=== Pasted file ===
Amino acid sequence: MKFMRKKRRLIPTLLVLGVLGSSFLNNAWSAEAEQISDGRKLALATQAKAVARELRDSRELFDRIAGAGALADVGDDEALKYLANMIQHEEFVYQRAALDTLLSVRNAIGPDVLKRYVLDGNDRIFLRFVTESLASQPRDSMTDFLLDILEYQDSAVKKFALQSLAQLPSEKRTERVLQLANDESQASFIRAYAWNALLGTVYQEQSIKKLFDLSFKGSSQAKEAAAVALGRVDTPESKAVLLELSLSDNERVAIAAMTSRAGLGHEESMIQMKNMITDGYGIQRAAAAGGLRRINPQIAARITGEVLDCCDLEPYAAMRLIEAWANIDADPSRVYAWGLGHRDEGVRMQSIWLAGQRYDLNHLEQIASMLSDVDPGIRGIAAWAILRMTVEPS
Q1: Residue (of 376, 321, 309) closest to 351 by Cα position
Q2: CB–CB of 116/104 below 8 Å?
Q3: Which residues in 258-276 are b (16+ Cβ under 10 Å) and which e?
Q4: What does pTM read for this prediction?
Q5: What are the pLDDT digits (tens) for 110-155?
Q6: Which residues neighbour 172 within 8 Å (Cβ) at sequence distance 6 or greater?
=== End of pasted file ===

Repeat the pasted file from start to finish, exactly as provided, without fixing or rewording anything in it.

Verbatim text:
Amino acid sequence: MKFMRKKRRLIPTLLVLGVLGSSFLNNAWSAEAEQISDGRKLALATQAKAVARELRDSRELFDRIAGAGALADVGDDEALKYLANMIQHEEFVYQRAALDTLLSVRNAIGPDVLKRYVLDGNDRIFLRFVTESLASQPRDSMTDFLLDILEYQDSAVKKFALQSLAQLPSEKRTERVLQLANDESQASFIRAYAWNALLGTVYQEQSIKKLFDLSFKGSSQAKEAAAVALGRVDTPESKAVLLELSLSDNERVAIAAMTSRAGLGHEESMIQMKNMITDGYGIQRAAAAGGLRRINPQIAARITGEVLDCCDLEPYAAMRLIEAWANIDADPSRVYAWGLGHRDEGVRMQSIWLAGQRYDLNHLEQIASMLSDVDPGIRGIAAWAILRMTVEPS
Q1: Residue (of 376, 321, 309) closest to 351 by Cα position
Q2: CB–CB of 116/104 below 8 Å?
Q3: Which residues in 258-276 are b (16+ Cβ under 10 Å) and which e?
Q4: What does pTM read for this prediction?
Q5: What are the pLDDT digits (tens) for 110-155?
Q6: Which residues neighbour 172 within 8 Å (Cβ) at sequence distance 6 or greater?